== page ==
He recently, and laughably, wrote "We Are The New York Times!" "We"? Maybe the position of the paper was better reflected by Gerald Boyd's dismissal and derision of Alterman's effete whine for the West Side liberals?

I avoid Alterman's writing. Glad to know he reads me -- maybe he'll learn something. Here's one hint to aid him: To have a friend, you have to be a friend.

Will he issue a correction to the falsehood that's stood in print for three years? Will he publicly apologize to Naomi Wolf?

Probably not. Instead he'll just continue to waste his time with silly little e-mails that make him appear the Junior Priss of the "Left"? What we can count on is that he will continue to provide hoots and laughter. My guess is he's probably been doing that all of his life.

In the end, Alterman's upset and isn't that what really matters?

Possibly his professional writing is so poor because he's too busy selecting profanties for his e-mails? (For a supposed writer, he appears to have a very small word pool to dip into.)

Unlike C.I., I don't have a policy on e-mails. If someone wants to say something, they can do so publicly.

The Cindy Brady of the faux left learned a swear word and wanted to share it with me. I found it so hilarious I had to share it with my readers.

Rebecca's covered him many times but the one I enjoyed the most was "eric alterman is disgusting - who will save women from him?" and I'd also recommend The Third Estate Sunday Review's ""When Poodles Snarl." Lord Alterman's big on slamming people for disclosures (not for failure to disclose but, as others have pointed out, for disclosing) so let me note that I helped with the writing of the latter piece.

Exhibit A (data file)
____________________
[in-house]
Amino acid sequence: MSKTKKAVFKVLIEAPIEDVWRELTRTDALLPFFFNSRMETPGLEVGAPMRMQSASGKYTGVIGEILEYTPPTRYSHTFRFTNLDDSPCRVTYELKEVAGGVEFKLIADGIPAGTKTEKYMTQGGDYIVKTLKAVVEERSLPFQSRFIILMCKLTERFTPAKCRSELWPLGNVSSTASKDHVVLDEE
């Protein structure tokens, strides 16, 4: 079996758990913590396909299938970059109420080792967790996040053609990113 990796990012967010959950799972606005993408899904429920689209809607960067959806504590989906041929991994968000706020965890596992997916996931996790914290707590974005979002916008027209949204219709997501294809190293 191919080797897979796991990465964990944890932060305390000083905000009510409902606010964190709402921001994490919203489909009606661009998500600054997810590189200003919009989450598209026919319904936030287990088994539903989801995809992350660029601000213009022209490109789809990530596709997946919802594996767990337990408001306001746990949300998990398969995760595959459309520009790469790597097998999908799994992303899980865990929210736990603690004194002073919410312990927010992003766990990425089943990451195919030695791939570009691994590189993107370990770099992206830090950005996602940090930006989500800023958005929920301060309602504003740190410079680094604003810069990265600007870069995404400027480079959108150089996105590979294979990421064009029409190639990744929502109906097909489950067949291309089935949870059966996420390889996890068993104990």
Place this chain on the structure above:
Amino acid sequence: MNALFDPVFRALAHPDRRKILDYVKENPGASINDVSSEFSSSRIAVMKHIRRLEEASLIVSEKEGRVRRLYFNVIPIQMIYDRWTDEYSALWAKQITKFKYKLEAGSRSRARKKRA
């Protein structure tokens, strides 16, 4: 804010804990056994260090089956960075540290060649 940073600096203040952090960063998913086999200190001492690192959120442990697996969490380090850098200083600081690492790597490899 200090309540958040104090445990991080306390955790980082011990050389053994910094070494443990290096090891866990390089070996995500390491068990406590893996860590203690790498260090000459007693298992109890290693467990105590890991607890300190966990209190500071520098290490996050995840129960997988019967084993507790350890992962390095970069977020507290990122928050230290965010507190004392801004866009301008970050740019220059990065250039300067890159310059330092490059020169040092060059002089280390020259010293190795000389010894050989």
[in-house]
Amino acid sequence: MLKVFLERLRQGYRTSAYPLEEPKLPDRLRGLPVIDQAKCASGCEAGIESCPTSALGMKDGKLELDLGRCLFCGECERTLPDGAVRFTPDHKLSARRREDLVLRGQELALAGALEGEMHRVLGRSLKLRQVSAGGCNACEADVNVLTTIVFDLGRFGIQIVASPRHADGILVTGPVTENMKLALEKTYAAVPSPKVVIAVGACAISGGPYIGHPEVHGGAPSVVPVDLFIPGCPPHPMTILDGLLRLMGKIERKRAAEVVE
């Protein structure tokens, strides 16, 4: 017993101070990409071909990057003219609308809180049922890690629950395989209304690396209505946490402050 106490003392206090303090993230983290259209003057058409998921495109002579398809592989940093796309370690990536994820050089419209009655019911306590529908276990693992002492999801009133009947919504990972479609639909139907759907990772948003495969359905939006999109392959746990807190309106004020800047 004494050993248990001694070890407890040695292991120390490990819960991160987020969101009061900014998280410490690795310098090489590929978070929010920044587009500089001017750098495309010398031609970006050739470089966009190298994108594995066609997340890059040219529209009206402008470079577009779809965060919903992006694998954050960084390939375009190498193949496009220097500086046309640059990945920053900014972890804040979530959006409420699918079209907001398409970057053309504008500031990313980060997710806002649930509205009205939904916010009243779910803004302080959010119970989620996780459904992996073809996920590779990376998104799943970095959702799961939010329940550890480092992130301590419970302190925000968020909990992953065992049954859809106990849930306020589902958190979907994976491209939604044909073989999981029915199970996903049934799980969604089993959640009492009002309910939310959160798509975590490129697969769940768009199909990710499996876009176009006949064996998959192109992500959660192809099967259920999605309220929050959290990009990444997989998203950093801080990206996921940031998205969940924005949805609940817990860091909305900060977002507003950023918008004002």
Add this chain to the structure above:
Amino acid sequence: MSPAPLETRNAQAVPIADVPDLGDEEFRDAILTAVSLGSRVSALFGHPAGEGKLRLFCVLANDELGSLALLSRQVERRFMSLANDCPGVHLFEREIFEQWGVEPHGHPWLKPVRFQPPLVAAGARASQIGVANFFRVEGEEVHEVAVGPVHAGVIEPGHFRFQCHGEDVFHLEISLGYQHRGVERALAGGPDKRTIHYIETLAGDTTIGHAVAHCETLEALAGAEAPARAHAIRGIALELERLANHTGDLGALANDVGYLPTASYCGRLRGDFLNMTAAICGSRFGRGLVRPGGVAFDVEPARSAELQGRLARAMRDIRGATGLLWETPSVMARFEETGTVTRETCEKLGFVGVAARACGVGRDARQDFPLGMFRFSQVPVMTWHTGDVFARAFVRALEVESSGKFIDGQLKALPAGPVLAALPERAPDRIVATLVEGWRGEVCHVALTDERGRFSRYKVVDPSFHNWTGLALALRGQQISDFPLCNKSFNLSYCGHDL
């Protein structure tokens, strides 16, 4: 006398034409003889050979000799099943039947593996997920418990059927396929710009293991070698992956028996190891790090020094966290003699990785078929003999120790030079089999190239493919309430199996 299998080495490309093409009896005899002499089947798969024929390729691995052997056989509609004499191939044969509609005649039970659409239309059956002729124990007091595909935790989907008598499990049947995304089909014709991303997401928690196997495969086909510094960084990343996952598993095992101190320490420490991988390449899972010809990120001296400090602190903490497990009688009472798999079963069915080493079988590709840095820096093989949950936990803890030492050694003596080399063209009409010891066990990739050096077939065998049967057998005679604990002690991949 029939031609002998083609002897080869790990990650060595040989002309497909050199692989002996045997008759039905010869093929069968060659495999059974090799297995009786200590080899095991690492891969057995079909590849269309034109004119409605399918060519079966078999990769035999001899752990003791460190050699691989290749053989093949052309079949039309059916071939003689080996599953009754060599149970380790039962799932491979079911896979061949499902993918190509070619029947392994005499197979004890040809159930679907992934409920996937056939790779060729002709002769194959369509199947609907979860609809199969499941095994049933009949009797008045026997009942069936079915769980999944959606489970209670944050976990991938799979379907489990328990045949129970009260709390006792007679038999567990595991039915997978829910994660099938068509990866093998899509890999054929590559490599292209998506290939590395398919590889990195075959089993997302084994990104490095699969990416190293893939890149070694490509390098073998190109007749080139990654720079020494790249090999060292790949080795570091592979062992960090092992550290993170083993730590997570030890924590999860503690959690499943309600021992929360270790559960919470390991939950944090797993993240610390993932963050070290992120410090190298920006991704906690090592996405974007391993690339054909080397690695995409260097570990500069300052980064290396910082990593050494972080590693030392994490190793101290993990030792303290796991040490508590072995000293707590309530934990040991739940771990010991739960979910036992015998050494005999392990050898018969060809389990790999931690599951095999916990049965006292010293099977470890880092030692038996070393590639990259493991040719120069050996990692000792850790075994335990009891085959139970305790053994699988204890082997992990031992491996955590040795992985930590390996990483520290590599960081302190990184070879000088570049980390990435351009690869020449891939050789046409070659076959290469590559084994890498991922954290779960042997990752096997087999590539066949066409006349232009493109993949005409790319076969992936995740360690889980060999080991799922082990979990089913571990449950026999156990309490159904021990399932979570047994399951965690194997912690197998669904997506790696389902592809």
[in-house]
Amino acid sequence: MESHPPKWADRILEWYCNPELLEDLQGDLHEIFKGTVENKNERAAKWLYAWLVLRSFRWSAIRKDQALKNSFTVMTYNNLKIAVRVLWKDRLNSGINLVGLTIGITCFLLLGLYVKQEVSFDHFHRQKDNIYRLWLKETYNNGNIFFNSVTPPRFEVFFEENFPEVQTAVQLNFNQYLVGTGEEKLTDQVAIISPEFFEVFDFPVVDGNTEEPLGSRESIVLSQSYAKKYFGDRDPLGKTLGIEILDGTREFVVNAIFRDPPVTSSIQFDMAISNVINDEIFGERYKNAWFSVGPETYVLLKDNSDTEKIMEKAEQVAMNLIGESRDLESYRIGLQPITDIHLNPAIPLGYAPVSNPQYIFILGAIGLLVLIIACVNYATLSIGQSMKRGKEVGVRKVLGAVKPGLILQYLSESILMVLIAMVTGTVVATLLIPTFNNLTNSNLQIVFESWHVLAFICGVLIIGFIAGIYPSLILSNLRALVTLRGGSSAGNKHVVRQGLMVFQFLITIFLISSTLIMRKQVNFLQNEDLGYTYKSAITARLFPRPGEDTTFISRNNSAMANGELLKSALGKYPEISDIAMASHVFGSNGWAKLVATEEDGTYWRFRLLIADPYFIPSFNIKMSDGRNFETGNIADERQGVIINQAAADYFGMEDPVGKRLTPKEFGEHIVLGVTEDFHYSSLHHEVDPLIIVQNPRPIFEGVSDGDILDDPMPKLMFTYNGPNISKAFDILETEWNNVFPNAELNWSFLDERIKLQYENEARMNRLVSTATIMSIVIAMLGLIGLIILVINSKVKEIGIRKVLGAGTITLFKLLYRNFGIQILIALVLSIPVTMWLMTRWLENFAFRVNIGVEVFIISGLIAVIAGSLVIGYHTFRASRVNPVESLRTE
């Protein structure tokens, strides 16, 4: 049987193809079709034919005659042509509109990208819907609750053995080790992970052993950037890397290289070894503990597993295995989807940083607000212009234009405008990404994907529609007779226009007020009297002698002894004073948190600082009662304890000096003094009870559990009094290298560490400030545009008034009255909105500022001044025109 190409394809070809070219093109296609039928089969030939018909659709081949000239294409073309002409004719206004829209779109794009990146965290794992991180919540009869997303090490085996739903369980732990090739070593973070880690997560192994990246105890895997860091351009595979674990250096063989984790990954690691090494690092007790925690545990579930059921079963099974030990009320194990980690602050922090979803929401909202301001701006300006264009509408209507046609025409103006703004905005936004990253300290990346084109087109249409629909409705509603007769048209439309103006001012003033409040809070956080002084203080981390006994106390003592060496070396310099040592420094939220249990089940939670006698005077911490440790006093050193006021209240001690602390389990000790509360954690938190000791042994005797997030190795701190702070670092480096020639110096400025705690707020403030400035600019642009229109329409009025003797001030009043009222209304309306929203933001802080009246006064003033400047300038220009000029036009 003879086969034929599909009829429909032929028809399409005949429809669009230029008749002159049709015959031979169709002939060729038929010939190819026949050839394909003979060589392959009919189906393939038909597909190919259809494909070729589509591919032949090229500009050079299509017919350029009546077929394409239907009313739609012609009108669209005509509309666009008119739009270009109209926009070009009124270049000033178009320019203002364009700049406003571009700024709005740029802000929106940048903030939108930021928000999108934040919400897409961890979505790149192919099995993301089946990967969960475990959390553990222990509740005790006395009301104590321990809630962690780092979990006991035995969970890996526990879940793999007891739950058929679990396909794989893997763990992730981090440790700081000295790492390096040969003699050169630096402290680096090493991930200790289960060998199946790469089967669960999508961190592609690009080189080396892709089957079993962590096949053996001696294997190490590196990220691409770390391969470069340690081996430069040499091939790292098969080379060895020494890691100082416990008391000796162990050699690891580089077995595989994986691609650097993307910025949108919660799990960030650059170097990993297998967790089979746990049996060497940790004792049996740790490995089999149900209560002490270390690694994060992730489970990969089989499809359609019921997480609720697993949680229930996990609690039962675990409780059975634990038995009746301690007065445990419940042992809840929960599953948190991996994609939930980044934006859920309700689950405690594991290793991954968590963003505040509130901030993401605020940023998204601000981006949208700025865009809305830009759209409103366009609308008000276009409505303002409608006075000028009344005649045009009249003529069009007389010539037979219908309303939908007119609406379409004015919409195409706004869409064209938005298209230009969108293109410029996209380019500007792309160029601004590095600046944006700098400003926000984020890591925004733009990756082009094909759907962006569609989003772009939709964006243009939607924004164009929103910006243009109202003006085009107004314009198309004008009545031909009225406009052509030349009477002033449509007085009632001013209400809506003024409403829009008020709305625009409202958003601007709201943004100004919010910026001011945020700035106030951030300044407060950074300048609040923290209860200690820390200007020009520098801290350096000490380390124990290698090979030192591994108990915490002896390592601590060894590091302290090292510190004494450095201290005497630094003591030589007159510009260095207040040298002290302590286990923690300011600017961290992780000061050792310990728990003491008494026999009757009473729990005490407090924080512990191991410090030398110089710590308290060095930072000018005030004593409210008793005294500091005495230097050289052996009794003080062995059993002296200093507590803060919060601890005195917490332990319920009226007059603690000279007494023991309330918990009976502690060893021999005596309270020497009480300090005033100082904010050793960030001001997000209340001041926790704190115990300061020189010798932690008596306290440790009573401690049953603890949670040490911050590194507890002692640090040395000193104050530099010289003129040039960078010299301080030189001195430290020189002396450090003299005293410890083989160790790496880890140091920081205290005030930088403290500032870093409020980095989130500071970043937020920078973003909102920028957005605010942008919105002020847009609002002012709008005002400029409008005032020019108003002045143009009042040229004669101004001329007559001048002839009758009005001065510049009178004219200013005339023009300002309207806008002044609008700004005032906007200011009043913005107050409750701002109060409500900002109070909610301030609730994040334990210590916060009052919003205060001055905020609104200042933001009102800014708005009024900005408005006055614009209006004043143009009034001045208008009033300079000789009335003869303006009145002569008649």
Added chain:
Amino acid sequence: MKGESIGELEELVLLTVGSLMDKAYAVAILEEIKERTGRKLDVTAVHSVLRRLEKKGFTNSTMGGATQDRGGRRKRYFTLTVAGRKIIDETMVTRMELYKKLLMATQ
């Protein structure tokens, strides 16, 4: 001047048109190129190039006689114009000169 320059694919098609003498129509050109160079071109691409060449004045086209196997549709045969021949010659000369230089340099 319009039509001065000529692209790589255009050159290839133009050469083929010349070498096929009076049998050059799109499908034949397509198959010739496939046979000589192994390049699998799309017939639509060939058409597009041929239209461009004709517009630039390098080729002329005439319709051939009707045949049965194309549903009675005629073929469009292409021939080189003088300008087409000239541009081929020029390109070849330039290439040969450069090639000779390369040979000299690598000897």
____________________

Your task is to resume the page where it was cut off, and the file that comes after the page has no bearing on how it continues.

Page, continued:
Alterman's writing? The headline of his recent "We Are The New York Times!" says it all. In his mind, he's identifying up. Or possibly it's just a sign of that sad trait -- curse of the unpopular? -- which Alexander Cockburn has written of: Alterman loves to suck up.

Regardless, he has once again provided hours of laughter. Thank goodness, he's so willing to play the fool -- again and again -- because the world can use more laughter.

Thank you to C.I. and Rebecca who helped with this entry in every way possible. Somewhere around the 50th e-mail today (really, did AIPAC put out an alert on me?), I lost my sense of humor. Rebecca was there tonight to point out how nice it is that two professional writers (or "writers") read me. Especially since I don't read them. (I stopped reading Alterman long ago.) As C.I.'s said before, "It's always nice to be read."

But, considering the way Lord Alterman embarrassed himself on air with Janeane Garofalo, a frightening thought formed in my mind: Did he consider his e-mail a form of courtship?

If that is in any way possible, let me explain to him that the high school homecoming queen doesn't generally date the eighth grader -- the dirty fingernailed, acne-ridden, chin-challenged, potty mouthed, whining weakling -- with stains on his clothes and a bad odor about him. For similar reasons, I find Lord Alterman repulsive as a man, laughable as a thinker, and pretty much disgusting on every level.

I really have no time for little boys trying to even their personal scores (though it was amusing to watch him and Joe Klein hiss at one another). I also have no use for his published writing which tends to skim the topics FAIR and Media Matters covered weeks prior in far greater depth.

But, in the end, the main reason I have no time for him is that I have a life.

That may not be the case for Eric Alterman.